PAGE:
Derek Hoare has already lived through any parent’s nightmare. On July 12, he anxiously waited in his home for over three hours as police grid-searched his neighbourhood. Search and rescue helicopters buzzed overhead looking for his missing daughter.
He had looked away for just a moment as nine-year-old Ayn played in their backyard surrounded by a six-foot-high privacy fence.
A moment was all it took for the girl to climb up her treehouse and jump over the fence.
He frantically searched up and down his street before calling the police. Why did he call so quickly? It’s not like Ayn is a toddler, unaware of the dangers outside her fence.
In essence, though, she is. Ayn has severe autism disorder. Derek compares her naiveté to that of a three-year-old. Though she is verbal, Ayn is non-communicative, unable to hold actual conversations with others. Though she has aggressive tantrums at school and in other locations outside the home, Derek and her two older brothers, one of whom also has autism, find her to be pleasant, loveable and cheerful at home.
Her bond with her father is a close one. He has always been her primary caregiver. Despite the fact that she has two teaching assistants assigned to her at the public school she attends, he is the one that the school calls whenever she gets “out of hand.”
Once she was safely found just a couple of houses down, it was his embrace she wanted most.
Picture the tearful father holding his cherubic blond-haired little imp in his arms: a beautiful ending to a story that could have ended in tragedy.
Except, unfortunately, that wasn’t the end. Into every lovely fairytale an ugly stepmother must fall. In this case, the stepmother — as controlling and demanding as any you’ll read in the Brothers Grimm — was British Columbia’s Ministry of Children and Family Development.
Four days after Ayn’s heart-rending disappearance and return, two social workers knocked on Derek’s door. I suppose they could’ve walked right in. You see Derek’s door locks with a key from the inside, as do all the windows, in order to keep his children safe.
Ayn had escaped before, once by wriggling through a bathroom window that had been left open after her mother — still living with them at the time — had a shower. Derek learned from that lesson and adjusted the latch so that the window could open only a fraction. When his son with autism figured out how to use kitchen utensils to spring the lock on the other windows, Derek replaced all those as well.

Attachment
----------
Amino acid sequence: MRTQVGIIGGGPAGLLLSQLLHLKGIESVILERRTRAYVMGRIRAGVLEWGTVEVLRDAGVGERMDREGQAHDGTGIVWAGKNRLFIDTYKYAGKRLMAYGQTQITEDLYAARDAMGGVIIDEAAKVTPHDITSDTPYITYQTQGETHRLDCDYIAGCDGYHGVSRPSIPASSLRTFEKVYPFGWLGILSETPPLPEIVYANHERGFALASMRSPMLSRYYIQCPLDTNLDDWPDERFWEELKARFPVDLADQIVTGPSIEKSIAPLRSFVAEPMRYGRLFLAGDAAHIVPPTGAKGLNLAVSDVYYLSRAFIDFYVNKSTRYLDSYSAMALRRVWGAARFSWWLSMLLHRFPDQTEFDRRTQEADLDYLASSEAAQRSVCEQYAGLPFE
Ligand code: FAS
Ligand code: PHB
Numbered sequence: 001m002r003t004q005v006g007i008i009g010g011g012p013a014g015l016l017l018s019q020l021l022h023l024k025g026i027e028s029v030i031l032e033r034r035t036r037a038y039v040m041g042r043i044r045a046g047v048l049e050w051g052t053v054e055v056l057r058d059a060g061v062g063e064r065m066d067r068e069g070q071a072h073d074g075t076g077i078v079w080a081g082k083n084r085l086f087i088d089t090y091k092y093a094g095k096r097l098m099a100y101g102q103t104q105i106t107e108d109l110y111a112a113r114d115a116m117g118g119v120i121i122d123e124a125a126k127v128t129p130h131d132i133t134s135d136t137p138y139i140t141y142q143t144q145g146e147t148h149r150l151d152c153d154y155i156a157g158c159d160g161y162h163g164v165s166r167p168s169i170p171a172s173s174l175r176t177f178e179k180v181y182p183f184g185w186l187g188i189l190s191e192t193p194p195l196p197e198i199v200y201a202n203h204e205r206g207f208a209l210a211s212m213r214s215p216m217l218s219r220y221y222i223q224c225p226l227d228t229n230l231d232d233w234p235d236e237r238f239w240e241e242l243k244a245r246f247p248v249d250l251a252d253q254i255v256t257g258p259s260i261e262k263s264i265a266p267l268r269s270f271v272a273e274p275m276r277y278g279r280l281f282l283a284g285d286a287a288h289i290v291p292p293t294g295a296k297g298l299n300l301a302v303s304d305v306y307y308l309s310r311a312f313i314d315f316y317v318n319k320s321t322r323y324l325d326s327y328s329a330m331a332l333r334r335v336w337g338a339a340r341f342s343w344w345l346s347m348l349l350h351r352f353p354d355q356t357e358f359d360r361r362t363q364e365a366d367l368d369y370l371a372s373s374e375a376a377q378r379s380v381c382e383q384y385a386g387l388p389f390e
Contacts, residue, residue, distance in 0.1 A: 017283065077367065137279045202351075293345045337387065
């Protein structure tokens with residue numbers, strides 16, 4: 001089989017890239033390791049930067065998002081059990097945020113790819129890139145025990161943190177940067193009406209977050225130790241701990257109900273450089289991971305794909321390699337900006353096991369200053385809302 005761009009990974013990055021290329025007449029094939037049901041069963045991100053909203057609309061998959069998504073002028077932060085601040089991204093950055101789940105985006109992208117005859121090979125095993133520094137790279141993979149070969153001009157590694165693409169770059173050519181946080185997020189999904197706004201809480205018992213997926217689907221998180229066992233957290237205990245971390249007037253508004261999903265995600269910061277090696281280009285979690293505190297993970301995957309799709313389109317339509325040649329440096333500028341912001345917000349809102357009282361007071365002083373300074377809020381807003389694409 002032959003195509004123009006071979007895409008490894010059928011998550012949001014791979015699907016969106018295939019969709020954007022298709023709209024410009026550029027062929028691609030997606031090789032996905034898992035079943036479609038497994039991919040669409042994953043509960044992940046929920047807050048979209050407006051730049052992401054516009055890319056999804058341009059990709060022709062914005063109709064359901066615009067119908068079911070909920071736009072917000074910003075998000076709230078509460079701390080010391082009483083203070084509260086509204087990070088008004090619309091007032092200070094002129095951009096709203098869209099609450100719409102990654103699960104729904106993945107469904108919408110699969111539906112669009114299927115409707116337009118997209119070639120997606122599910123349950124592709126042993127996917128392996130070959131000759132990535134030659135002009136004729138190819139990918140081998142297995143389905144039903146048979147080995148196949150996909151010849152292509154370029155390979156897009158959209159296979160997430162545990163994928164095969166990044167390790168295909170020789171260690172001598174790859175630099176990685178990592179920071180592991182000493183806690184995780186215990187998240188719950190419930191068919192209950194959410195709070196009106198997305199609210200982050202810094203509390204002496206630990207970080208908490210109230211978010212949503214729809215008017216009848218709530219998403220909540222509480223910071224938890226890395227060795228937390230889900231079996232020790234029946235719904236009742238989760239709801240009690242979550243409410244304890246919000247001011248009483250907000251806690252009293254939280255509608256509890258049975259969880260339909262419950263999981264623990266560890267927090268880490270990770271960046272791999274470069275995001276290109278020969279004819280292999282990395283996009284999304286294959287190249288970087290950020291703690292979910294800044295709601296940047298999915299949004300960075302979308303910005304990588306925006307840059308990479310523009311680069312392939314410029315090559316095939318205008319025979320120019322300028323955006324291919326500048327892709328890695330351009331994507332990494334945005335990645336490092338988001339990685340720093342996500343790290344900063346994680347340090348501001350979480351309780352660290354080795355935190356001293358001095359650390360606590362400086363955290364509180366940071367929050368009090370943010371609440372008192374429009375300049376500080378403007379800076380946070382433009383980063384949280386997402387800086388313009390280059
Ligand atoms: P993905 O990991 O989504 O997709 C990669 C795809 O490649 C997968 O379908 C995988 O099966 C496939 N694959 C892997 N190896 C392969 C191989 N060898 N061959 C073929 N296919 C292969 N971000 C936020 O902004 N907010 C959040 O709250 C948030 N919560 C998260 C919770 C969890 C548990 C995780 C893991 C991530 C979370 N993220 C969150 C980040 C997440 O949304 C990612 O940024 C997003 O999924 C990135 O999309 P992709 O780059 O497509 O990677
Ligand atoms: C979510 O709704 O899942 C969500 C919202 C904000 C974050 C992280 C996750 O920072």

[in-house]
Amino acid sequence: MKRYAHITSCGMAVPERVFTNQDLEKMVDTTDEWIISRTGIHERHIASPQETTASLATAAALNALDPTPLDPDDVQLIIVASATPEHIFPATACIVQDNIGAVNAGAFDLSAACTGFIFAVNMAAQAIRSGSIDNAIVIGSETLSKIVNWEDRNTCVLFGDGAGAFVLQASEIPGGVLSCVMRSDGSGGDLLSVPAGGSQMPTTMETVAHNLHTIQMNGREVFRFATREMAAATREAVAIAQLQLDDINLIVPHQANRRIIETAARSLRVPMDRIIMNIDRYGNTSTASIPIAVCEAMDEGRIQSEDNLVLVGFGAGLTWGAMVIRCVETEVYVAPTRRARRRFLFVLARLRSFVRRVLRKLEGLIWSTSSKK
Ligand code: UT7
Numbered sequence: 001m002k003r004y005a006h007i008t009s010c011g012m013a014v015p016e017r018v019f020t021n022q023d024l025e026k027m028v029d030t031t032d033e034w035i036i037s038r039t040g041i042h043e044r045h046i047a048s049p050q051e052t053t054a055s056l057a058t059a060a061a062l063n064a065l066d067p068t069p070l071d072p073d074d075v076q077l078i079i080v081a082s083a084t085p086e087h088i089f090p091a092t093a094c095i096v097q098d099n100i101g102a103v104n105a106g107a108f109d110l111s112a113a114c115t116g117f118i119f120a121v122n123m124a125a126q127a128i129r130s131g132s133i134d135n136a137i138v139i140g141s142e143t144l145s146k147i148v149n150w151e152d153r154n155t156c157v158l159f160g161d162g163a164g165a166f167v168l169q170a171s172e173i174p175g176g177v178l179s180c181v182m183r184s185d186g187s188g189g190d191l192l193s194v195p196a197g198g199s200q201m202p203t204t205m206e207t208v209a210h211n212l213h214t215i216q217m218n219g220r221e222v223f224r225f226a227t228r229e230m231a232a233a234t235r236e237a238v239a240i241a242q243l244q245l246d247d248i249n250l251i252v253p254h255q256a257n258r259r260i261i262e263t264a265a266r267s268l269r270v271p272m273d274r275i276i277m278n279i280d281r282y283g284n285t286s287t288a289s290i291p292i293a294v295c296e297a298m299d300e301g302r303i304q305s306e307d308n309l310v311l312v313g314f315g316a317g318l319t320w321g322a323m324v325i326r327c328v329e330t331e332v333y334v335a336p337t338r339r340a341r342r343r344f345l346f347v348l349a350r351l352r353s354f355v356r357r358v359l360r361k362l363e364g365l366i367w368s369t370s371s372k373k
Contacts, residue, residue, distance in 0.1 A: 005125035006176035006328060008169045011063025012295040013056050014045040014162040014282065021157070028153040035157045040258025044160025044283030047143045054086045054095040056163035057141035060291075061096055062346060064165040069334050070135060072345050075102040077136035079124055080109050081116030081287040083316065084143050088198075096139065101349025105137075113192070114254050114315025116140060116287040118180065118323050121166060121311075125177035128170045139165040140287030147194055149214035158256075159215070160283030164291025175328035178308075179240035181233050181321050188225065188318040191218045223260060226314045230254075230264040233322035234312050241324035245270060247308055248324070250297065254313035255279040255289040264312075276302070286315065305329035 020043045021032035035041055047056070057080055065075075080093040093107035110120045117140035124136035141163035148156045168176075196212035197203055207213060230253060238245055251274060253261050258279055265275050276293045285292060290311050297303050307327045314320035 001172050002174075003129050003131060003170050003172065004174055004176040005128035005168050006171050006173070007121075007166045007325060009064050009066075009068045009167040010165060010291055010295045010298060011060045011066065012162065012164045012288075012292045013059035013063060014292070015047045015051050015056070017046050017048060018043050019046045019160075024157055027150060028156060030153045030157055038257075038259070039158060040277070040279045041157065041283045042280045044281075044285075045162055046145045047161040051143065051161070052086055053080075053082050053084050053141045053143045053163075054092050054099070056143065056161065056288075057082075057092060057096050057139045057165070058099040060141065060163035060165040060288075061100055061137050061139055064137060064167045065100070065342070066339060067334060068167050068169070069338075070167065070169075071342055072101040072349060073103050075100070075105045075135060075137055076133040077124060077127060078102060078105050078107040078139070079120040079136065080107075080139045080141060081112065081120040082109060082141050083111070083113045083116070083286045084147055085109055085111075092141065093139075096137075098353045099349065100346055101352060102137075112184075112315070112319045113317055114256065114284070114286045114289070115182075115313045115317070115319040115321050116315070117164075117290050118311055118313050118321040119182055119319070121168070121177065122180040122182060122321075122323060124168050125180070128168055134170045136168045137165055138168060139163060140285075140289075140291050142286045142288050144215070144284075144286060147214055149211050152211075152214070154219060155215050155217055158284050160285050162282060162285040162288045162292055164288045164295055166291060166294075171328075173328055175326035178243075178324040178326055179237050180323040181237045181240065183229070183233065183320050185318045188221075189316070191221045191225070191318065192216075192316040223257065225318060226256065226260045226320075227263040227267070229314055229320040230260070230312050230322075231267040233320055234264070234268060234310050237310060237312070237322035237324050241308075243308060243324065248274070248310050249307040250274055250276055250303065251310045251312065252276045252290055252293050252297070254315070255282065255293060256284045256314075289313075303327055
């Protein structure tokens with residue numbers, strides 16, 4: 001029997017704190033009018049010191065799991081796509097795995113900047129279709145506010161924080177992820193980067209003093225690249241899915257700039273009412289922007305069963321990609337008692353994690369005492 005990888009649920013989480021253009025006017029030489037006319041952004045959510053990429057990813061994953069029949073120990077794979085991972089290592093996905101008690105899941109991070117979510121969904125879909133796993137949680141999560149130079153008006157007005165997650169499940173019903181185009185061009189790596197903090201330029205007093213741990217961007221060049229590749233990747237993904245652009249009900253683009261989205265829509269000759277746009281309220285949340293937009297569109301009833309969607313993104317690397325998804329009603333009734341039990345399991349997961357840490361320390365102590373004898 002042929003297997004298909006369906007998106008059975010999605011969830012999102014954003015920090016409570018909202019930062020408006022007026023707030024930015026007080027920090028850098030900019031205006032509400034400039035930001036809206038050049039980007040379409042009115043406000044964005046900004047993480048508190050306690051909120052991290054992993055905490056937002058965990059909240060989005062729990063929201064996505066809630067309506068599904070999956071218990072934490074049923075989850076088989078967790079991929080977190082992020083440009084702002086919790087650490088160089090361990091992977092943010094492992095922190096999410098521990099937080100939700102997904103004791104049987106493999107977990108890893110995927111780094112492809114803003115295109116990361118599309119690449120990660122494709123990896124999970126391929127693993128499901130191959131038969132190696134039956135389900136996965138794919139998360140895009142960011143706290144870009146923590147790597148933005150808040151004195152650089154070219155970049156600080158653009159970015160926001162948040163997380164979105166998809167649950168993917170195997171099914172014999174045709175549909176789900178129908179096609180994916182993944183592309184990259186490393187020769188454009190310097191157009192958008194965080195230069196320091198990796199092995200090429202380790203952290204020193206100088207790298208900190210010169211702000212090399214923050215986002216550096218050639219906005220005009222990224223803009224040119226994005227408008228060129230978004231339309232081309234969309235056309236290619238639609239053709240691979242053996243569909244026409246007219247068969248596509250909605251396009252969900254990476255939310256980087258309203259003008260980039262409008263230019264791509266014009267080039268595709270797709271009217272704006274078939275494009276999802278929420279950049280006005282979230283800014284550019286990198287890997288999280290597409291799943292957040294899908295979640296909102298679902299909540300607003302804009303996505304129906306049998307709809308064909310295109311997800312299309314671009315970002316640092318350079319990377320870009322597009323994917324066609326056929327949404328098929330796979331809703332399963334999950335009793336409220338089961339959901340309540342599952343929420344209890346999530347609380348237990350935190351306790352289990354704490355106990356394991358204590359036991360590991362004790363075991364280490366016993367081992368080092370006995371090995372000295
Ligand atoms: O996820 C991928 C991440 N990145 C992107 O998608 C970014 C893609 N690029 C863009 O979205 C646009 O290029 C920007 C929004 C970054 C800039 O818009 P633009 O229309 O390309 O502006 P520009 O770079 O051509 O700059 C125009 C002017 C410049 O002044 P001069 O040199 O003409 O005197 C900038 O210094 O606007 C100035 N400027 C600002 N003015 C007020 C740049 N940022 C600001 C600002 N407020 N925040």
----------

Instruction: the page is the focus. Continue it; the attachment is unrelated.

Like any parent, Derek learns as he goes along. The stakes are a bit higher for him, of course, but his dedication to keeping his children safe is also higher as a result. Although Ayn and her older brother Lyric are naïve, they are not unintelligent. They are constantly gaining new skills — like Ayn’s trick of jumping over the fence — that he has to learn from as well.
Apparently, though, this latest escapade was about to teach him a lesson that no loving, dedicated parent should have to learn: when it comes to our children, our rights can be completely neglected on the whim of bureaucracy.
The two social workers informed Derek that they believed he had too much to handle as a single dad.
Three children, two with severe autism, is too much for any man to handle on his own. Therefore they proposed to help him by taking one child away.
Sounds just like one of those medieval fairytales now, doesn’t it? Rumpelsiltskin, perhaps?
Instead of offering respite care, more funding for therapies, a home safety study, or anything of that nature, the Ministry of Children and Family Development instead proposed to take his daughter.
Derek, of course, said no.
So they went to Ayn’s school and seized her.
Bad enough, but surely Derek, having done nothing wrong, would be able to get his daughter back relatively unscathed. Apparently not.
Despite the fact that their own studies showed Ayn was suffering from neither neglect nor abuse but was a well-cared-for girl, the ministry kept her. And they did worse than just keep her from her father.
They put her into a psychiatric hospital and reportedly on drugs.
It appears the Ministry of Children and Family Development, who thought they could do a better job handling Ayn then her own father could, couldn’t handle the girl’s tantrums.
Derek hasn’t seen his daughter since.
After 18 days during which she cried for her father non-stop, ministry workers requested that he give them a photo of himself to comfort her. She is currently in a foster home, still on medications, still confused and lost and wanting her daddy.
The Ministry of Children and Family Development says they won’t give her back until she undergoes a six-week psychiatric assessment program. Derek says he hasn’t been given the chance to see his daughter.
And if he does, he says, he will not use that right.
For he believes Ayn, living in this crazy fairytale story, is waiting for him to rescue her. Imagine the princess’ horror if the prince showed up to combat the dragon and bring her home but instead wound up walking away leaving her in the gaping maw of the horrid beast. That is how Ayn would feel if her father visited her and wasn’t able to bring her home, Derek feels.
There is a court date scheduled for September in which he will be able to present his case for having Ayn come home. Of course, at any time the Ministry of Children and Family Development could choose to release her, but Derek and his supporters doubt that will happen now.
Until the presentation hearing, he can only work to make Ayn’s grim fairytale a story that is told to as many people as possible.
If you’d like to read more of her story, join the Facebook group “Help bring little Autistic girl back to her daddy” or read the petition to “Bring Ayn Van Dyk Home” on thepetitionsite.com.
In the meanwhile, hold your children close and whatever you do, don’t take your eyes of them for a moment. If you do, their evil stepmother may send them to find a candy house in the woods.